That is where your blog came in... Desperate, I did a search online for natural remedies and yours came up along with one other hot water as hot as I could stand it and (Black tea bath, we will get into later). I quickly procured the baking soda and venegar and got in the shower. I put the water as hot as I could and it burned and itched like crazy on my rash, still I was desperate, but I did it any way. Then I took the baking soda and vinegar and did as described mixed, rubbed on (this burned like crazy too), waited for it to dry, showered off. Then I took the plain vinegar and rubbed it all over the rash. That burned again like crazy. While going through it I thought to myself I hope this was worth it.

Guess what? The itching was almost completely gone, and I mean big gone, I was able to get 6 hours straight sleep, then got up wiped on some more vinegar and went back to bed for two more hours. When I woke in the morning, my itching was bearable for the first time in 9 days.

After getting up, I used a very hot black tea bath which after the initial 10 seconds of burning really helped, followed by the baking soda and vinegar regimine again. I can now at least feel somewhat normal and the rash is drying up and is getting lighter. Also I think the vinegar was partly responsible for the couple of infected parts starting to heal. In a nut shell, number one, don't wait so long to get started on this regimine, it may keep you from the docs office and two, if you can stand the burning, you got the only cure I could find that actually worked.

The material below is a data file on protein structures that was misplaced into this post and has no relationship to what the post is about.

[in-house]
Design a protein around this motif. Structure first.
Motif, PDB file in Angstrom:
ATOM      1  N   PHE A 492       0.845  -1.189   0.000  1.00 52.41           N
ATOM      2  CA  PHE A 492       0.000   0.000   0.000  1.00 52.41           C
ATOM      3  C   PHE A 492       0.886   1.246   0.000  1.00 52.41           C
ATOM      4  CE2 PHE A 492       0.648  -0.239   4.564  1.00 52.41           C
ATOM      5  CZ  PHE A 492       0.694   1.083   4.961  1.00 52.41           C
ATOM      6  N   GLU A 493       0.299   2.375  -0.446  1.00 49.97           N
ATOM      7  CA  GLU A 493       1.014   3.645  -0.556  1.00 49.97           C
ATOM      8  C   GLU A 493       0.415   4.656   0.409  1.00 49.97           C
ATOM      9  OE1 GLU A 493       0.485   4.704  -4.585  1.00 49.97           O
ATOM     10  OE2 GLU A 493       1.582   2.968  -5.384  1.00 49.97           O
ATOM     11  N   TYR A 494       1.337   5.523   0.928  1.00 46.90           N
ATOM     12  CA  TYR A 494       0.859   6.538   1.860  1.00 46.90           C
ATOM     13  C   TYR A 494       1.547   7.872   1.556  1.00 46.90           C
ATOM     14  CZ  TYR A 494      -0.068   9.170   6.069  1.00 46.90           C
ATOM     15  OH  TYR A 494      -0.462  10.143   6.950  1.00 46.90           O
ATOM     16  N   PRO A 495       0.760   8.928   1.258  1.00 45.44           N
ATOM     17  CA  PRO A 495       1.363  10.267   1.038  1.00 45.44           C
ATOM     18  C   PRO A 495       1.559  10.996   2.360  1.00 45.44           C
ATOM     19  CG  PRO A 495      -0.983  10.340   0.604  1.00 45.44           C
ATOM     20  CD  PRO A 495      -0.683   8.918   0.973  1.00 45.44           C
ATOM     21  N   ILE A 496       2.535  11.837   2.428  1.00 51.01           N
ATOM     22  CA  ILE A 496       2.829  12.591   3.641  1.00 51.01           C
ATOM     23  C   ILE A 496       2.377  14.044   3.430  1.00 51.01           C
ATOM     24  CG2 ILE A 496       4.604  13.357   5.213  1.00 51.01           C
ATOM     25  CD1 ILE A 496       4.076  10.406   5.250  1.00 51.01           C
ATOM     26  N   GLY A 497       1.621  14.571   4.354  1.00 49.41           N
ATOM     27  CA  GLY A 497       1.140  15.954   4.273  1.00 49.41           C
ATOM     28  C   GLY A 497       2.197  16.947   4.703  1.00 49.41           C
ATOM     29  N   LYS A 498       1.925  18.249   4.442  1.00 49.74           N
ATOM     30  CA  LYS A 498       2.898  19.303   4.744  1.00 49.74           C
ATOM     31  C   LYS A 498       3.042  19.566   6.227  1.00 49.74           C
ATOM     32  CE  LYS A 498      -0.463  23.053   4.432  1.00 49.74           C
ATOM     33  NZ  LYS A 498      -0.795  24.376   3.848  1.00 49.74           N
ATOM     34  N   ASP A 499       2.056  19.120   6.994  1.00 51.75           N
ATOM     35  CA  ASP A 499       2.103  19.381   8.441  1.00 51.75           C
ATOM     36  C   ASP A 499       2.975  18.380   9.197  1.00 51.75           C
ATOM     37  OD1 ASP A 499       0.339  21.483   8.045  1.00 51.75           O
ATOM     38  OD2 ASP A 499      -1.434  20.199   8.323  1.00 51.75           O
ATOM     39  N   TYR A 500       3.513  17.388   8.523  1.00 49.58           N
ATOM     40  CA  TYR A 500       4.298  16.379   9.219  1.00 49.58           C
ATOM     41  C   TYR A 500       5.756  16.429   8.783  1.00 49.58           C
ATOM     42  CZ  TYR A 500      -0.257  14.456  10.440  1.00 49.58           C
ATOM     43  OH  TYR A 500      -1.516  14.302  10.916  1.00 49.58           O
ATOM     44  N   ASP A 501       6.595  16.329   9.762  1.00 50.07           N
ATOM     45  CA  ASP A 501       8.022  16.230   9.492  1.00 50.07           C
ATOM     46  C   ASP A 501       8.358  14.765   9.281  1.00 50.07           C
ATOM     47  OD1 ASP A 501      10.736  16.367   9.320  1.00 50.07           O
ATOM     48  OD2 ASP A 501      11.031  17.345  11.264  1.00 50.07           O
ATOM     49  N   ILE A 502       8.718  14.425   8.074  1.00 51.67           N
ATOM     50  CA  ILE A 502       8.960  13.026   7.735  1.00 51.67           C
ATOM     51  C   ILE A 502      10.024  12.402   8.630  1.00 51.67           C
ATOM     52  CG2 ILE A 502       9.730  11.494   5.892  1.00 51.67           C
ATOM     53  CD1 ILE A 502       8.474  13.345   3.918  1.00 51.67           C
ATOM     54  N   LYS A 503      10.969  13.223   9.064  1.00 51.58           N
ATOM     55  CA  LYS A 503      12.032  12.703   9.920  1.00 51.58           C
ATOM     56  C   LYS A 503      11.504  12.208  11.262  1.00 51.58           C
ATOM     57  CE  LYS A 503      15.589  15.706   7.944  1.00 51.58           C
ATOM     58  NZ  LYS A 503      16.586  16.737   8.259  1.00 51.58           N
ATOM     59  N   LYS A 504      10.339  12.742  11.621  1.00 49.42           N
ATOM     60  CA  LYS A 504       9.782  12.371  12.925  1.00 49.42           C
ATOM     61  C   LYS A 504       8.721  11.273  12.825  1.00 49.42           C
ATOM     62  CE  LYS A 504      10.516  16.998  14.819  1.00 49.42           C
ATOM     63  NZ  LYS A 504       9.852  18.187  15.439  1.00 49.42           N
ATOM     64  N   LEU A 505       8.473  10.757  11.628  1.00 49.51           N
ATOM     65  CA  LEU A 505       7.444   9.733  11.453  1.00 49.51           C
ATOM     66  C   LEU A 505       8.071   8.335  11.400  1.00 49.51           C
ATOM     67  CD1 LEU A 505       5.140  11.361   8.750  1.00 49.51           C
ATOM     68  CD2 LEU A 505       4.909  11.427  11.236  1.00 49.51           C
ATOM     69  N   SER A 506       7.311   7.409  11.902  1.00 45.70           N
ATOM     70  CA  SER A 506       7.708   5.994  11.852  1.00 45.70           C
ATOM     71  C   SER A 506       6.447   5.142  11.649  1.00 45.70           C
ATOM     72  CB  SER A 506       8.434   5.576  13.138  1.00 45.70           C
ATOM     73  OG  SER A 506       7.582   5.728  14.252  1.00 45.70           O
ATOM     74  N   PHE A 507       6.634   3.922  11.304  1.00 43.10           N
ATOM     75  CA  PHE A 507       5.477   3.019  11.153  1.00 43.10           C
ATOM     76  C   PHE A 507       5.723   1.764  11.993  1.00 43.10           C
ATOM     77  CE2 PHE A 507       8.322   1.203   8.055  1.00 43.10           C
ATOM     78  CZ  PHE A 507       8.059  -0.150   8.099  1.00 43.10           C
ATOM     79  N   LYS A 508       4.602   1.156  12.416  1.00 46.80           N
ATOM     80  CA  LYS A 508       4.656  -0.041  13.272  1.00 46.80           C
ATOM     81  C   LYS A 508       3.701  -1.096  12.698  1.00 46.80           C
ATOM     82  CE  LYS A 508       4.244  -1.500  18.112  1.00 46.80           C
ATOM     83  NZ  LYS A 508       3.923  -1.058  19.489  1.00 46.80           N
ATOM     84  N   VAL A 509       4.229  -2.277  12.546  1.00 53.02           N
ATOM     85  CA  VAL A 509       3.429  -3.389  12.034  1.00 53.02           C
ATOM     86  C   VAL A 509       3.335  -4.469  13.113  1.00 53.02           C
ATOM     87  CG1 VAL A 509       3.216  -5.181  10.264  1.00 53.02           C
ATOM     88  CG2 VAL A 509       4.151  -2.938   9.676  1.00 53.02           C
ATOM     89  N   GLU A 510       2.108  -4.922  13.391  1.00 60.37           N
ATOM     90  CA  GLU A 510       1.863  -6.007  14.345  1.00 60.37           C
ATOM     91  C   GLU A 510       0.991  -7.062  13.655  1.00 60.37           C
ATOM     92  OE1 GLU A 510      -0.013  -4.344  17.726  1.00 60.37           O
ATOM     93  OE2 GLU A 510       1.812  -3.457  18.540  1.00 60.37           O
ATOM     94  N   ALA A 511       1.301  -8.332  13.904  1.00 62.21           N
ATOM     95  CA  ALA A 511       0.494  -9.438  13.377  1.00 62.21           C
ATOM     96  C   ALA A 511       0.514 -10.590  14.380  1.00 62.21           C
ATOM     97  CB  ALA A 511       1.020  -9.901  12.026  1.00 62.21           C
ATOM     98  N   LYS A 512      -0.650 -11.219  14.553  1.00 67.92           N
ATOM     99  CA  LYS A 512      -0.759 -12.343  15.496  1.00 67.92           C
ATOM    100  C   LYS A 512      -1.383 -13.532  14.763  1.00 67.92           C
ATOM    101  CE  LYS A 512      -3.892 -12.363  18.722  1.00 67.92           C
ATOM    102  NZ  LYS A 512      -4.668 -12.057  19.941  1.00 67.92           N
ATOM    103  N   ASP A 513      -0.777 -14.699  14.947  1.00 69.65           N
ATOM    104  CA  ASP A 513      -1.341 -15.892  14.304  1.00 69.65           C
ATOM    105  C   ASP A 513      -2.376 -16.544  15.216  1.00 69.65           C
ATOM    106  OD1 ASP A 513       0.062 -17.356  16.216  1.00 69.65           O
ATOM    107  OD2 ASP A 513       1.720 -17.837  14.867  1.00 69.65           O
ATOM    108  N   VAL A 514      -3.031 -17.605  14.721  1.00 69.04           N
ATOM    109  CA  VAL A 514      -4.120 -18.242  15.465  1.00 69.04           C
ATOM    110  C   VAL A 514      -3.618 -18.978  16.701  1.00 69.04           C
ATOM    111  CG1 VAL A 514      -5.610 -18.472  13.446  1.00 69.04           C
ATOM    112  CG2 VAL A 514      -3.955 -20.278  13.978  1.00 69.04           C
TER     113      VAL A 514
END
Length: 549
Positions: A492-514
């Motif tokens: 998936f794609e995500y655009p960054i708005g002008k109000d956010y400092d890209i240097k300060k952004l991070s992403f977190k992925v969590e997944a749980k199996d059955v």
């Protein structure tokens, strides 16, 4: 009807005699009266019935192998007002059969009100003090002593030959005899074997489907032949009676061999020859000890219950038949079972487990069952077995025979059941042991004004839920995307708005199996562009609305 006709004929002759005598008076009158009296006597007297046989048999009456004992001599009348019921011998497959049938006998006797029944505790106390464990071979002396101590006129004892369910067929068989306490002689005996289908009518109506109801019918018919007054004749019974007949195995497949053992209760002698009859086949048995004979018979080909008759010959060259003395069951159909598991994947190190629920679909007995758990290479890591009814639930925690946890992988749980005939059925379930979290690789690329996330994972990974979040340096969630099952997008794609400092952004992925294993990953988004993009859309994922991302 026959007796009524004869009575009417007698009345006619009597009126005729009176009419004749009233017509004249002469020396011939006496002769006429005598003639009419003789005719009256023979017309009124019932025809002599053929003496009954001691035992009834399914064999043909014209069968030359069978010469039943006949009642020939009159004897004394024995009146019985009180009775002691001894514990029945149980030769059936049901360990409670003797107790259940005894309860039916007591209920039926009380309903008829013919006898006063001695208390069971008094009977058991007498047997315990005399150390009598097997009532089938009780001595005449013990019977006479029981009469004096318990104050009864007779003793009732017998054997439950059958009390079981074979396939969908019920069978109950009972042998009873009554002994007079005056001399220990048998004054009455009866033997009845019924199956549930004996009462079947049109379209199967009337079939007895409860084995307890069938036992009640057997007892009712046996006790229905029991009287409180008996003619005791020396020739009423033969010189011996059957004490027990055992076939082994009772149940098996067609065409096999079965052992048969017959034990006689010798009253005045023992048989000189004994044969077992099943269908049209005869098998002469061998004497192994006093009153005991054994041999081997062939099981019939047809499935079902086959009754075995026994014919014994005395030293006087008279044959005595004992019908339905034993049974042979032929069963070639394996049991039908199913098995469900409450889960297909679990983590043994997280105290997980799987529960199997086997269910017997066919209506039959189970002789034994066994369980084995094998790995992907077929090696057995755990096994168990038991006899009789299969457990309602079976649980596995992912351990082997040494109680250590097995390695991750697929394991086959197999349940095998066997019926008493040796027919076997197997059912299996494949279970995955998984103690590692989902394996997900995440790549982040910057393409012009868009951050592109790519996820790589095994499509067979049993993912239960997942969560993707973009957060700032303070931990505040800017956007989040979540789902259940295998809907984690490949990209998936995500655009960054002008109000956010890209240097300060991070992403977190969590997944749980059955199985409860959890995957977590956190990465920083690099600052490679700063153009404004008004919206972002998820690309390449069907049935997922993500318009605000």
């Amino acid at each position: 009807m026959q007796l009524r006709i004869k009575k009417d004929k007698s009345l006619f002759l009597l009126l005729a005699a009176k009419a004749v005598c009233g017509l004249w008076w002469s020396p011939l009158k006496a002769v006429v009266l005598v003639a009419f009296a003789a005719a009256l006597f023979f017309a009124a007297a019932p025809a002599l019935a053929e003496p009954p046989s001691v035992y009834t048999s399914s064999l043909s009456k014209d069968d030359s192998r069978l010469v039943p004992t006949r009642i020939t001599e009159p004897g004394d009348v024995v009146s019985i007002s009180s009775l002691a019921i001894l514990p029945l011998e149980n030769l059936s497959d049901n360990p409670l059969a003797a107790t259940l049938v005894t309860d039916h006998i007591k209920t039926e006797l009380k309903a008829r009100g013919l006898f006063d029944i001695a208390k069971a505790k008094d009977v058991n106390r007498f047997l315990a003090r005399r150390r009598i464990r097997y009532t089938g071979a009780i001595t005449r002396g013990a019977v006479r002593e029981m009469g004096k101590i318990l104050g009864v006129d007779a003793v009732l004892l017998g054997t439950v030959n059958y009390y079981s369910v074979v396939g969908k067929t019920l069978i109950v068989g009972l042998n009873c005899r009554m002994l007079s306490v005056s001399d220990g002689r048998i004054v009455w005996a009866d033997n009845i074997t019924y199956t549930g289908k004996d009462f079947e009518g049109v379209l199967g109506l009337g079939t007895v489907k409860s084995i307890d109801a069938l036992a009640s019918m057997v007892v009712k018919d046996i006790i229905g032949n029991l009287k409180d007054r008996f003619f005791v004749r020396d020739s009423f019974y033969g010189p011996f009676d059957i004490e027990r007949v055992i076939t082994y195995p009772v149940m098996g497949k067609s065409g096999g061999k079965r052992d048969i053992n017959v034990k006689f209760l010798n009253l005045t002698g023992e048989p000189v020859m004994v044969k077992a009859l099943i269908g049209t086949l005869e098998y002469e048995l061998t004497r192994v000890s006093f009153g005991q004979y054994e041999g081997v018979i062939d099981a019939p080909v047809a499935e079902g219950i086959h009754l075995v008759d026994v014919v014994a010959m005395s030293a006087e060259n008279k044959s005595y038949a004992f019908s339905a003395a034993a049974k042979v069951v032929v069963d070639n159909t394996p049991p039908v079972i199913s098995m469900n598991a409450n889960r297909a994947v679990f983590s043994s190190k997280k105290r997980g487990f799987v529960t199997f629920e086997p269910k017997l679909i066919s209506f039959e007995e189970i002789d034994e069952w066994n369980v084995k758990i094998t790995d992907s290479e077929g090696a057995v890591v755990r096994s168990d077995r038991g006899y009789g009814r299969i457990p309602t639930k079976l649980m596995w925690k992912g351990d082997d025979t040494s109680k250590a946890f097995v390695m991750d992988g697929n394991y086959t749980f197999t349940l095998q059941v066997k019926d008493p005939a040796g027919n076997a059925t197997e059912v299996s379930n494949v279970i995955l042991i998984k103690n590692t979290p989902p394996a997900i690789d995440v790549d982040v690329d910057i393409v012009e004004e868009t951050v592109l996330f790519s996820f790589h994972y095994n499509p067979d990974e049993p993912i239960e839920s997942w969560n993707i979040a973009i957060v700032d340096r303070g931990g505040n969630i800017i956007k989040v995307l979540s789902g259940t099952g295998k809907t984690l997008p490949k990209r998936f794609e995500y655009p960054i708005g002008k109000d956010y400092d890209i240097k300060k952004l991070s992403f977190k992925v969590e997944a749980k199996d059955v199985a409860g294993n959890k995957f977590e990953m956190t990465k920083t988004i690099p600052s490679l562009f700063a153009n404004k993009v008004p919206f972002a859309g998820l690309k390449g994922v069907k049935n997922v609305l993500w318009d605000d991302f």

Thank God for you taking the time to post this blog. It is so appreciated. You saved me from going insane. I hope my first online post will convince someone else to help themselves.

Replied by Patsy
5 out of 5 stars

Thank you for the baking soda and vinegar advice for poison ivy... I was so desperate, buying everything OTC and no relief. Almost instantaneously, the paste worked. Thank you!!!

Banana Peels  

5 star (3) 

Posted by Christy (Denton, Texas) on 07/12/2013
5 out of 5 stars

Since Nov 2012 to today, I have had 3 severe cases of Poison Ivy/Poison Oak. It has been on both my arms, leading me to think I'm getting it from my cat, when she rubs up against me while petting her.

Each time it took 4-6 weeks just to go through the healing process. I used over the counter medicine and some of them only provided temporary relief, and they were rather expensive. Then I tried banana peels. It worked! I rubbed the banana peel over one arm only to conduct an experiement. Instant relief!